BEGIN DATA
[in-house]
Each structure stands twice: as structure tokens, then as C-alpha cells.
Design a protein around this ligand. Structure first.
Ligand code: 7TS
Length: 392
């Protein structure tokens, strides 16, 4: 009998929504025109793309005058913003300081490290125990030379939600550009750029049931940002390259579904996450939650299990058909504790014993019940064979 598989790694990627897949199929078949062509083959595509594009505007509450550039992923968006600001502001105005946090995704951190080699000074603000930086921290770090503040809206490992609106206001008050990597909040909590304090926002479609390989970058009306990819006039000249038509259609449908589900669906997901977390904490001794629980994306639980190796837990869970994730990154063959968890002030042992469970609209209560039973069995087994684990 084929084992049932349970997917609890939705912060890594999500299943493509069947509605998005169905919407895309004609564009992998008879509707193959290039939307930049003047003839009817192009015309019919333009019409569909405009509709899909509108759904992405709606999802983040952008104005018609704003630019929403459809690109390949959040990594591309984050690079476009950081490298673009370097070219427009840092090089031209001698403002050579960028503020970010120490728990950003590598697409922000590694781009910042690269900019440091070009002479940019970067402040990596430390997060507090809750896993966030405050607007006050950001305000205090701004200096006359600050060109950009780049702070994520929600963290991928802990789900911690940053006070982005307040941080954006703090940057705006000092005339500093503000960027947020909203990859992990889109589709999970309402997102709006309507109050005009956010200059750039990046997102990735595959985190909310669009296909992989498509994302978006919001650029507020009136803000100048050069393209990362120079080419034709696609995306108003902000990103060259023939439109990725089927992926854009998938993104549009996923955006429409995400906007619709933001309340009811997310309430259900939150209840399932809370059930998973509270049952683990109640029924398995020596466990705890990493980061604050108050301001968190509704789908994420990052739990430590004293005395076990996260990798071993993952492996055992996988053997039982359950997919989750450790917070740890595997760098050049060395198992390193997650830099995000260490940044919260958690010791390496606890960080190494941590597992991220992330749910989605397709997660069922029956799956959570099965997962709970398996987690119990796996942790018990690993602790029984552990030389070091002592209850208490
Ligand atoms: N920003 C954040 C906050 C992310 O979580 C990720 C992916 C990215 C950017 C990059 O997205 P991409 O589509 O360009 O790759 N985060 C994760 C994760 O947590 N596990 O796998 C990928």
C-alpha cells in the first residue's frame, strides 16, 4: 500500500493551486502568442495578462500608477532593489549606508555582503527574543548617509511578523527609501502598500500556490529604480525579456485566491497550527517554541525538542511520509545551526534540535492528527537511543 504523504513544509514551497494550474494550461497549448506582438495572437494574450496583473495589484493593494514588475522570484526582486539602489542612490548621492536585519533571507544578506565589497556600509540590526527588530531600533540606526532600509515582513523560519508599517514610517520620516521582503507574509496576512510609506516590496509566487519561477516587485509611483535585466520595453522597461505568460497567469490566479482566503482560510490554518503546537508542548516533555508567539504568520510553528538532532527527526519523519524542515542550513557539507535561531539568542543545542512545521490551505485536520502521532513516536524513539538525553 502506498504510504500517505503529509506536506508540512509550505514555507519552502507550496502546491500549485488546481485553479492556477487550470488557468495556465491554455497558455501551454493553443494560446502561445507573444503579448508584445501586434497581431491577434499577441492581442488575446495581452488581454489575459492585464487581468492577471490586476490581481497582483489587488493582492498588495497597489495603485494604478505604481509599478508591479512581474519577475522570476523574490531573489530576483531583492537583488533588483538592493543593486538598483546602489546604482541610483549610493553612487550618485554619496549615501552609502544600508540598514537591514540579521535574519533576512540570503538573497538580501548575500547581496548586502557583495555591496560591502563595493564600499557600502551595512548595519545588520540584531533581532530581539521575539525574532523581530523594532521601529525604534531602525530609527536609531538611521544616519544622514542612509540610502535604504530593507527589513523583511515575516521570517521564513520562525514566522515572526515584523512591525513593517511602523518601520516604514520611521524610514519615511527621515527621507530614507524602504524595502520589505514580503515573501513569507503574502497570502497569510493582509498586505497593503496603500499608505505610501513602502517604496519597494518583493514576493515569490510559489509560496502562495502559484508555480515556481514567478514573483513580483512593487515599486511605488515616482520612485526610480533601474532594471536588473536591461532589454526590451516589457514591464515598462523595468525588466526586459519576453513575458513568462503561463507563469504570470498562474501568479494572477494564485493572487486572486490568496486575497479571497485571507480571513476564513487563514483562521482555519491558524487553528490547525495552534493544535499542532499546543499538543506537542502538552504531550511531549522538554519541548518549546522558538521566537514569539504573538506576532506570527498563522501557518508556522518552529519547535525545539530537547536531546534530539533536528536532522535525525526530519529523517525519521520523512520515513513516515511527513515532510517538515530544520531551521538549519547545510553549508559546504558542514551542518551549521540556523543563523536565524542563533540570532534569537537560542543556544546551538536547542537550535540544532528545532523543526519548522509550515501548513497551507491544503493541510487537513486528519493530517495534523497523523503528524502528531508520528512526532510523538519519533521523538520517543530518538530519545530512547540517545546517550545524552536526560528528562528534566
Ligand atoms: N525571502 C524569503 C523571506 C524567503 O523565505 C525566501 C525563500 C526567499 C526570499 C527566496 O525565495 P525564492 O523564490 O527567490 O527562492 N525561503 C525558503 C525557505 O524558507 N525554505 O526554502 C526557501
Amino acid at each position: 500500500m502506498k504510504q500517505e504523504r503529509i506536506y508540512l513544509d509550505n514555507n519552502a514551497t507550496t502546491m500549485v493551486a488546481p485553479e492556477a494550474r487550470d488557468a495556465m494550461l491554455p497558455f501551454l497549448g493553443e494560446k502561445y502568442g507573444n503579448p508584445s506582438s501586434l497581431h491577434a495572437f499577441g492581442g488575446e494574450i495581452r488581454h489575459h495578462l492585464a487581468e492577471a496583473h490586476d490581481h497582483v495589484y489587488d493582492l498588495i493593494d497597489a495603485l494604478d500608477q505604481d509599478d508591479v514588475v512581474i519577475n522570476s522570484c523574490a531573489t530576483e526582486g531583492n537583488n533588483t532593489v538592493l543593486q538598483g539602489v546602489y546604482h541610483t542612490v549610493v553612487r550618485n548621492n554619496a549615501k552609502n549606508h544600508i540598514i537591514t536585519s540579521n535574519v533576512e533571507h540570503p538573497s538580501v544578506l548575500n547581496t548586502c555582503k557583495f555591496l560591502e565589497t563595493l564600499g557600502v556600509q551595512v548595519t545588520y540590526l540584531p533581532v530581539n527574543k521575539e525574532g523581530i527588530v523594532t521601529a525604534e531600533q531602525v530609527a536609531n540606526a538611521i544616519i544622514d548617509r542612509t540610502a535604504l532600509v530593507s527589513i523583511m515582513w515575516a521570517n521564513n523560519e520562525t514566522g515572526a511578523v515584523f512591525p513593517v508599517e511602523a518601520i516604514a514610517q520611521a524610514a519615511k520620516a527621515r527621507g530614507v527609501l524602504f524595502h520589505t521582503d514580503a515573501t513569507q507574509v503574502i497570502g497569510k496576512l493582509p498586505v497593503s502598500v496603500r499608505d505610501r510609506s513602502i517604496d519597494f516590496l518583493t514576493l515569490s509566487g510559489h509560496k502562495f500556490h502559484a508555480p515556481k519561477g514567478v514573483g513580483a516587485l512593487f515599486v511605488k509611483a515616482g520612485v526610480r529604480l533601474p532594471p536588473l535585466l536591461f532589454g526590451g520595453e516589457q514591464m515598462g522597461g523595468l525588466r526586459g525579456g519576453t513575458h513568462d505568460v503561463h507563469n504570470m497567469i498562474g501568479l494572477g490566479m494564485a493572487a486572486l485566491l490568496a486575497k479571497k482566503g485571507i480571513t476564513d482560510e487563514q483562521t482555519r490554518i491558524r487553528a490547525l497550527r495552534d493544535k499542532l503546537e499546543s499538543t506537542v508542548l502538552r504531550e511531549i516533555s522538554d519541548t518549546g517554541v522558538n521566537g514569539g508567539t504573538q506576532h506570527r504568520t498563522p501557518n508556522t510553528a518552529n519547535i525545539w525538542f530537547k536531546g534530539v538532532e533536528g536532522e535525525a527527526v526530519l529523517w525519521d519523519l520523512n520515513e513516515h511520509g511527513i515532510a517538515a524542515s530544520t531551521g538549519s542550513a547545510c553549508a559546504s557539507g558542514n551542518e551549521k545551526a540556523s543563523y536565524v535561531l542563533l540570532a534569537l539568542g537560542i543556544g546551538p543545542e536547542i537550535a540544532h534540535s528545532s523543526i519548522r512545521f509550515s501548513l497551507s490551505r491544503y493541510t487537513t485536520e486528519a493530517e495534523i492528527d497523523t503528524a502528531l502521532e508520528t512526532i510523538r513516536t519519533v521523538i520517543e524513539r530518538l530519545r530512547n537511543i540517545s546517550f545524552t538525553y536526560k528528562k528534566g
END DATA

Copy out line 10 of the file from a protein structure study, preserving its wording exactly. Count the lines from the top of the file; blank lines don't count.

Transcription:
Amino acid at each position: 500500500m502506498k504510504q500517505e504523504r503529509i506536506y508540512l513544509d509550505n514555507n519552502a514551497t507550496t502546491m500549485v493551486a488546481p485553479e492556477a494550474r487550470d488557468a495556465m494550461l491554455p497558455f501551454l497549448g493553443e494560446k502561445y502568442g507573444n503579448p508584445s506582438s501586434l497581431h491577434a495572437f499577441g492581442g488575446e494574450i495581452r488581454h489575459h495578462l492585464a487581468e492577471a496583473h490586476d490581481h497582483v495589484y489587488d493582492l498588495i493593494d497597489a495603485l494604478d500608477q505604481d509599478d508591479v514588475v512581474i519577475n522570476s522570484c523574490a531573489t530576483e526582486g531583492n537583488n533588483t532593489v538592493l543593486q538598483g539602489v546602489y546604482h541610483t542612490v549610493v553612487r550618485n548621492n554619496a549615501k552609502n549606508h544600508i540598514i537591514t536585519s540579521n535574519v533576512e533571507h540570503p538573497s538580501v544578506l548575500n547581496t548586502c555582503k557583495f555591496l560591502e565589497t563595493l564600499g557600502v556600509q551595512v548595519t545588520y540590526l540584531p533581532v530581539n527574543k521575539e525574532g523581530i527588530v523594532t521601529a525604534e531600533q531602525v530609527a536609531n540606526a538611521i544616519i544622514d548617509r542612509t540610502a535604504l532600509v530593507s527589513i523583511m515582513w515575516a521570517n521564513n523560519e520562525t514566522g515572526a511578523v515584523f512591525p513593517v508599517e511602523a518601520i516604514a514610517q520611521a524610514a519615511k520620516a527621515r527621507g530614507v527609501l524602504f524595502h520589505t521582503d514580503a515573501t513569507q507574509v503574502i497570502g497569510k496576512l493582509p498586505v497593503s502598500v496603500r499608505d505610501r510609506s513602502i517604496d519597494f516590496l518583493t514576493l515569490s509566487g510559489h509560496k502562495f500556490h502559484a508555480p515556481k519561477g514567478v514573483g513580483a516587485l512593487f515599486v511605488k509611483a515616482g520612485v526610480r529604480l533601474p532594471p536588473l535585466l536591461f532589454g526590451g520595453e516589457q514591464m515598462g522597461g523595468l525588466r526586459g525579456g519576453t513575458h513568462d505568460v503561463h507563469n504570470m497567469i498562474g501568479l494572477g490566479m494564485a493572487a486572486l485566491l490568496a486575497k479571497k482566503g485571507i480571513t476564513d482560510e487563514q483562521t482555519r490554518i491558524r487553528a490547525l497550527r495552534d493544535k499542532l503546537e499546543s499538543t506537542v508542548l502538552r504531550e511531549i516533555s522538554d519541548t518549546g517554541v522558538n521566537g514569539g508567539t504573538q506576532h506570527r504568520t498563522p501557518n508556522t510553528a518552529n519547535i525545539w525538542f530537547k536531546g534530539v538532532e533536528g536532522e535525525a527527526v526530519l529523517w525519521d519523519l520523512n520515513e513516515h511520509g511527513i515532510a517538515a524542515s530544520t531551521g538549519s542550513a547545510c553549508a559546504s557539507g558542514n551542518e551549521k545551526a540556523s543563523y536565524v535561531l542563533l540570532a534569537l539568542g537560542i543556544g546551538p543545542e536547542i537550535a540544532h534540535s528545532s523543526i519548522r512545521f509550515s501548513l497551507s490551505r491544503y493541510t487537513t485536520e486528519a493530517e495534523i492528527d497523523t503528524a502528531l502521532e508520528t512526532i510523538r513516536t519519533v521523538i520517543e524513539r530518538l530519545r530512547n537511543i540517545s546517550f545524552t538525553y536526560k528528562k528534566g